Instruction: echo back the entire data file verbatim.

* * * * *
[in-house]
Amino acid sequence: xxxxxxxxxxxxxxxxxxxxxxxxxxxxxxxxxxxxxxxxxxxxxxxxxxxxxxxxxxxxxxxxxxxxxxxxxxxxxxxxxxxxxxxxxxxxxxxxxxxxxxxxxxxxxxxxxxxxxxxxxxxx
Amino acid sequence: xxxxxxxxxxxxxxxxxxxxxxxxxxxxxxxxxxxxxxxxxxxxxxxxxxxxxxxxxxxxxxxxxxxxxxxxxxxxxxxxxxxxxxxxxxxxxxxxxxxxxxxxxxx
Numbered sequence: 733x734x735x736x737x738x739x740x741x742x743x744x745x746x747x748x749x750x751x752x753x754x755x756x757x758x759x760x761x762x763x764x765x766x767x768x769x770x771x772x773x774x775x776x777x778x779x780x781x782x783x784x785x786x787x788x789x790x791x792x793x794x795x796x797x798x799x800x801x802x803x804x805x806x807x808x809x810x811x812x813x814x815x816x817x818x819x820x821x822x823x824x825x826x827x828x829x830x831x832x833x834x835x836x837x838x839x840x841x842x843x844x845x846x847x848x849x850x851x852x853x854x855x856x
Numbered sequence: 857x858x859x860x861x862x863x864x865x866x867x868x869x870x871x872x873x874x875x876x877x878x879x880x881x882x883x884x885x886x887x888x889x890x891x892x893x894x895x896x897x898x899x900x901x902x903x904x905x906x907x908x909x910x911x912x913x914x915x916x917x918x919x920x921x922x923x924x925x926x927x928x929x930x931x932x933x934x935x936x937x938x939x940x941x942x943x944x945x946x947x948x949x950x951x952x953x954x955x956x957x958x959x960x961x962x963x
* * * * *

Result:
[in-house]
Amino acid sequence: xxxxxxxxxxxxxxxxxxxxxxxxxxxxxxxxxxxxxxxxxxxxxxxxxxxxxxxxxxxxxxxxxxxxxxxxxxxxxxxxxxxxxxxxxxxxxxxxxxxxxxxxxxxxxxxxxxxxxxxxxxxx
Amino acid sequence: xxxxxxxxxxxxxxxxxxxxxxxxxxxxxxxxxxxxxxxxxxxxxxxxxxxxxxxxxxxxxxxxxxxxxxxxxxxxxxxxxxxxxxxxxxxxxxxxxxxxxxxxxxx
Numbered sequence: 733x734x735x736x737x738x739x740x741x742x743x744x745x746x747x748x749x750x751x752x753x754x755x756x757x758x759x760x761x762x763x764x765x766x767x768x769x770x771x772x773x774x775x776x777x778x779x780x781x782x783x784x785x786x787x788x789x790x791x792x793x794x795x796x797x798x799x800x801x802x803x804x805x806x807x808x809x810x811x812x813x814x815x816x817x818x819x820x821x822x823x824x825x826x827x828x829x830x831x832x833x834x835x836x837x838x839x840x841x842x843x844x845x846x847x848x849x850x851x852x853x854x855x856x
Numbered sequence: 857x858x859x860x861x862x863x864x865x866x867x868x869x870x871x872x873x874x875x876x877x878x879x880x881x882x883x884x885x886x887x888x889x890x891x892x893x894x895x896x897x898x899x900x901x902x903x904x905x906x907x908x909x910x911x912x913x914x915x916x917x918x919x920x921x922x923x924x925x926x927x928x929x930x931x932x933x934x935x936x937x938x939x940x941x942x943x944x945x946x947x948x949x950x951x952x953x954x955x956x957x958x959x960x961x962x963x